Golden Sibanda Senior Business Reporter
Zimbabwe’s largest platinum group metals (PGMs) producer, Zimplats Holdings, says it is interrogating the feasibility of constructing a 160 megawatts solar power plant to guarantee uninterrupted and affordable power supplies to the group’s operations.
South Africa’s Impala Platinum (Implats) subsidiary also said excess power would be channelled to the national grid, which currently faces a supply deficit due to critically low water levels at Kariba Dam and technical issues blighting Hwange Power Station.
PGMs are Zimbabwe’s second largest mineral export earner after gold and together the minerals generate over 60 percent of the country’s annual mineral export earnings. In 2019, Zimbabwe earned US$4,7 billion from exporting minerals.
“Zimplats is investigating the possibility of establishing a 160MW solar power station in an effort to ensure affordable, uninterrupted power supply to our operations and support Government’s thrust on industrial linkages,” Zimplats said in an emailed response to questions.
The PGM’s miner said it was still determining intricate details of the planned project, to be confirmed through a feasibility study to be completed by end of next month.
“The company through its technical partners is conducting a feasibility study which will determine the total project cost, scope, risk, funding strategy and timelines for completion.
“The feasibility study will be complete by July 2019,” Zimplats said.
The company would also not say where the solar power plant would be located, but Zimbabwe is generally known to have excellent solar radiation conditions throughout the year across most parts of country.
Zimplats’ business is the mining, processing and production of platinum group metals (PGM) and associated base metals from the Great Dyke deposits in Zimbabwe, a mineral rich belt, which cut across the country.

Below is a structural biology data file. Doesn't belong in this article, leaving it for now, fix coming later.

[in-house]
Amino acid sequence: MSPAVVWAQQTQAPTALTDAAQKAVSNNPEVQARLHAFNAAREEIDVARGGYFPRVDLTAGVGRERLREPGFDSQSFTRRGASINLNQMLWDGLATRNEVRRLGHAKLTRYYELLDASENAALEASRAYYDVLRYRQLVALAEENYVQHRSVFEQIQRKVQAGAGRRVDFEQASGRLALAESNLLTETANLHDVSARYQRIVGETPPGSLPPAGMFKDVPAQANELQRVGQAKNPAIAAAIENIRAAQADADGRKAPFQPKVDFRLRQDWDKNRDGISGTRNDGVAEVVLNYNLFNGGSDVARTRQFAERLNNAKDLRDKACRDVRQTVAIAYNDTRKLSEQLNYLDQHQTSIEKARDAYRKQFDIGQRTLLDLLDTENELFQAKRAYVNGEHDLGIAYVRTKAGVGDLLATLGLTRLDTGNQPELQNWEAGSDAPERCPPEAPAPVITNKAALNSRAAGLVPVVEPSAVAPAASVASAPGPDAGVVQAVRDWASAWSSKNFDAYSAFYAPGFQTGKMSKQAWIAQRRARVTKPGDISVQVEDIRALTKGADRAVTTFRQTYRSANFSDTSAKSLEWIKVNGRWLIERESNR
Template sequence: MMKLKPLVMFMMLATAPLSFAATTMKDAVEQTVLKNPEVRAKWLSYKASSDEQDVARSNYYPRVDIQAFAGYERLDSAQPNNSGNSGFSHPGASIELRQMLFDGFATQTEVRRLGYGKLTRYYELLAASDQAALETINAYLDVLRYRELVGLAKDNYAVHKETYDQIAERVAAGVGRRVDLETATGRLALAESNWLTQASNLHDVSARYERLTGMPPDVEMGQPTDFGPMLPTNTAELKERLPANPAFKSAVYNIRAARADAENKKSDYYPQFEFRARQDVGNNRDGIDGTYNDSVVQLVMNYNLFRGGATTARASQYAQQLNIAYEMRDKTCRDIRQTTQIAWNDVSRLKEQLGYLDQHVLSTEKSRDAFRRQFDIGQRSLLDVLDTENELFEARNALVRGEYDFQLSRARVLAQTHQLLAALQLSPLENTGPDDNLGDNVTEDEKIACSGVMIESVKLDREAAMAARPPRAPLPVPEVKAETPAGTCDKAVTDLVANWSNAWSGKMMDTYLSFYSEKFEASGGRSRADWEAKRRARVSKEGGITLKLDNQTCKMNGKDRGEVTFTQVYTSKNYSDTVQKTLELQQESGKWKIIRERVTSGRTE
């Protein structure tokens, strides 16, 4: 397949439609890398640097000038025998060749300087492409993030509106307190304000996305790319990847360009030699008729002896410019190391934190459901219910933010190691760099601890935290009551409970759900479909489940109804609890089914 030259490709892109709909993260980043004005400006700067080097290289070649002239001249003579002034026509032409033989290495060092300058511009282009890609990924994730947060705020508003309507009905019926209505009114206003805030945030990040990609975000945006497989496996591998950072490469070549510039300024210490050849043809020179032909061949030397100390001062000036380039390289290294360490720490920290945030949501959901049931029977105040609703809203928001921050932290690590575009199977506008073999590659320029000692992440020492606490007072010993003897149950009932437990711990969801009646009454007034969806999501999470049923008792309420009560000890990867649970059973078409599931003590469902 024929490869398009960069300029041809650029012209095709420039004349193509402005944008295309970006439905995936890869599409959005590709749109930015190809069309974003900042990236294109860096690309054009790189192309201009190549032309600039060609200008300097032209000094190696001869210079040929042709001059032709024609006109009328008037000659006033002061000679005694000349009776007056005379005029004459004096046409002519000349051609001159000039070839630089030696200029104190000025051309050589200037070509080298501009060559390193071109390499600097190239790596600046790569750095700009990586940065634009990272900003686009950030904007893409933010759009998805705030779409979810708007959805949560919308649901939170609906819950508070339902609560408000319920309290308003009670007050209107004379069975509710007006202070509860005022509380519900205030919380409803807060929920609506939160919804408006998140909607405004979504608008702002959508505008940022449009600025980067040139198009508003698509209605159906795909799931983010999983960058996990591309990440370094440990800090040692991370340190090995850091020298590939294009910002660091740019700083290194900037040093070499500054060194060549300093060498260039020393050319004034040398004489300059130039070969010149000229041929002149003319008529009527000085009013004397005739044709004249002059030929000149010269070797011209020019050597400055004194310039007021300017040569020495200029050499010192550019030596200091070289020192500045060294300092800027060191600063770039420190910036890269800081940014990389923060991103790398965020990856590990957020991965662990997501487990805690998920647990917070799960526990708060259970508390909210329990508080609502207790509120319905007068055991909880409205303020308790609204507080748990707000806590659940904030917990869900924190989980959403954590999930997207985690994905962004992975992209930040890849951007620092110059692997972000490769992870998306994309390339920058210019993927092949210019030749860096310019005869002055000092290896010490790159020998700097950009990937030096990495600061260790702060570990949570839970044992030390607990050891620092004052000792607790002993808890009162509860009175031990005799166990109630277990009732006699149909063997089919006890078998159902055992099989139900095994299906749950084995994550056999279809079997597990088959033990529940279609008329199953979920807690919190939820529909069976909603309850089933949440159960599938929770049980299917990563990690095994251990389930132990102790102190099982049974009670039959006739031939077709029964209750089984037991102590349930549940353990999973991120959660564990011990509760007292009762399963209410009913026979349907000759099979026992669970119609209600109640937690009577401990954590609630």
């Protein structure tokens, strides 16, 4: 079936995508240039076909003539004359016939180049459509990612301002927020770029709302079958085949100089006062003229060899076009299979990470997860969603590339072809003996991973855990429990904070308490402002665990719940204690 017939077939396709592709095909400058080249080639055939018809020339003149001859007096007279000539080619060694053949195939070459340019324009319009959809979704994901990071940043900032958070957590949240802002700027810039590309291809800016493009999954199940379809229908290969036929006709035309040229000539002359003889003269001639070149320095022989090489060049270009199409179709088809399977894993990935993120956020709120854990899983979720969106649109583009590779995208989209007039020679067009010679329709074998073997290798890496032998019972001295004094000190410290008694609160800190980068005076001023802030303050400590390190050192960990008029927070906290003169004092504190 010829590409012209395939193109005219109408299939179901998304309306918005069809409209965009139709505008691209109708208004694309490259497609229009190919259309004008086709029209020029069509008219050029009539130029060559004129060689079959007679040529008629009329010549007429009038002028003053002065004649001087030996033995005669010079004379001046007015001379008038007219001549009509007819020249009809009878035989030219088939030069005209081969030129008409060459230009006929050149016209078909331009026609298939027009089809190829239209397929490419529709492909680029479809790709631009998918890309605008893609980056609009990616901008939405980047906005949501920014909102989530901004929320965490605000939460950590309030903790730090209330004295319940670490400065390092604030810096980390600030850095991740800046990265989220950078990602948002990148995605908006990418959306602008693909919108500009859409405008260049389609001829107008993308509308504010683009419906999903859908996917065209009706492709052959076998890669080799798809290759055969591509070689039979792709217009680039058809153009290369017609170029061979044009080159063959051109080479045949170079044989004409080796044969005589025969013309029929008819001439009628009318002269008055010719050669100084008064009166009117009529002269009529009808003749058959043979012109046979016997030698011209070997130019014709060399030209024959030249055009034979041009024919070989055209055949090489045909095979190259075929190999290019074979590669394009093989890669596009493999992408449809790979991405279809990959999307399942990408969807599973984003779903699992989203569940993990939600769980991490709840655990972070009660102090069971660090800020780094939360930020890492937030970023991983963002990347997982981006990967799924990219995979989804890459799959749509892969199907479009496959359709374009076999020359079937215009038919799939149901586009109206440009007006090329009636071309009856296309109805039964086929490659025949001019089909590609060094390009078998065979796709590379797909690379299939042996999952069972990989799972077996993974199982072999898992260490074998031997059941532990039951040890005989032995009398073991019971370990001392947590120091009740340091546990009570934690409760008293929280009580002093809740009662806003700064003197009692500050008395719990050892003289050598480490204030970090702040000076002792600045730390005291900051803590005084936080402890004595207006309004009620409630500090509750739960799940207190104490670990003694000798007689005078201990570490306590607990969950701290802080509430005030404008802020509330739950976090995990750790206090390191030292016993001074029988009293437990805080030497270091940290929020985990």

The group’s four underground mines are operating at full production while a fifth replacement mine is being constructed at a cost of US$265 million to replace two older mines whose ore reserves are nearing depletion.
Production from the mining operations is processed by three concentrator plants (one at Selous and two at Ngezi), before the concentrate is further refined at the Selous Metallurgical Complex, where the operating smelter and mothballed refinery is located.
Zimplats is currently operating at its full name-plate design capacity of 6,2 million tonnes of ore per annum.
The platinum mining group is 87 percent owned by Impala Platinum of South Africa and is listed on the Australia Stock Exchange (ASX).
The plans by Zimplats to build a solar plant come at a time Zimbabwe is experiencing acute shortage of power which has spawned rolling power cuts, especially for domestic industry and other non-essential activities to prioritise key productive industries.
Zimbabwe has three operational platinum group metal companies, Zimplats and Mimosa Mining Company and Unki Mine, which are controlled by South African mining giants, Implats and Sibanye Stillwater, respectively and Anglo-American unit, Unki Mines.
The country also has the second biggest know deposits of platinum after South Africa and comes third in production after the neighbour and Europe’s Russia.
Experts say Zimbabwe, currently constituting 5 percent of global platinum production, has potential to account for 20-25 percent of global platinum group metal output, if it reaches its target of 50 000 tonnes by 2030, as envisioned by Government.